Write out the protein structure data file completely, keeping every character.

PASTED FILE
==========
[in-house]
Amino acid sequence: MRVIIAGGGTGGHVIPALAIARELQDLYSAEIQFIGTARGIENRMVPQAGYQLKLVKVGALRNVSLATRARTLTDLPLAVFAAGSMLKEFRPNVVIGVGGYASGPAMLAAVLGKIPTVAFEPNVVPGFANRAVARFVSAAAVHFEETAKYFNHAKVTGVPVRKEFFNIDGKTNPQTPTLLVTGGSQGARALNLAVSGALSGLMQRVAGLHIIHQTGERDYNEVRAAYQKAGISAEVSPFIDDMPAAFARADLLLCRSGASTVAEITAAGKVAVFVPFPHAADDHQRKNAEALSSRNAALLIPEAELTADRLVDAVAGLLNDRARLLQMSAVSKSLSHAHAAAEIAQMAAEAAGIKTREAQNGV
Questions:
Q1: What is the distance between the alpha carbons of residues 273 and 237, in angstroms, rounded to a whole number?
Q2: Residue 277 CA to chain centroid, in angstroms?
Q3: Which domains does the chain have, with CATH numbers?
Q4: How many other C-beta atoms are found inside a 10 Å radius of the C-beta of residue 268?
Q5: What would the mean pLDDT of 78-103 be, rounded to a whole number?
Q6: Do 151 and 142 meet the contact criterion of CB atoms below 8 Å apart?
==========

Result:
[in-house]
Amino acid sequence: MRVIIAGGGTGGHVIPALAIARELQDLYSAEIQFIGTARGIENRMVPQAGYQLKLVKVGALRNVSLATRARTLTDLPLAVFAAGSMLKEFRPNVVIGVGGYASGPAMLAAVLGKIPTVAFEPNVVPGFANRAVARFVSAAAVHFEETAKYFNHAKVTGVPVRKEFFNIDGKTNPQTPTLLVTGGSQGARALNLAVSGALSGLMQRVAGLHIIHQTGERDYNEVRAAYQKAGISAEVSPFIDDMPAAFARADLLLCRSGASTVAEITAAGKVAVFVPFPHAADDHQRKNAEALSSRNAALLIPEAELTADRLVDAVAGLLNDRARLLQMSAVSKSLSHAHAAAEIAQMAAEAAGIKTREAQNGV
Questions:
Q1: What is the distance between the alpha carbons of residues 273 and 237, in angstroms, rounded to a whole number?
Q2: Residue 277 CA to chain centroid, in angstroms?
Q3: Which domains does the chain have, with CATH numbers?
Q4: How many other C-beta atoms are found inside a 10 Å radius of the C-beta of residue 268?
Q5: What would the mean pLDDT of 78-103 be, rounded to a whole number?
Q6: Do 151 and 142 meet the contact criterion of CB atoms below 8 Å apart?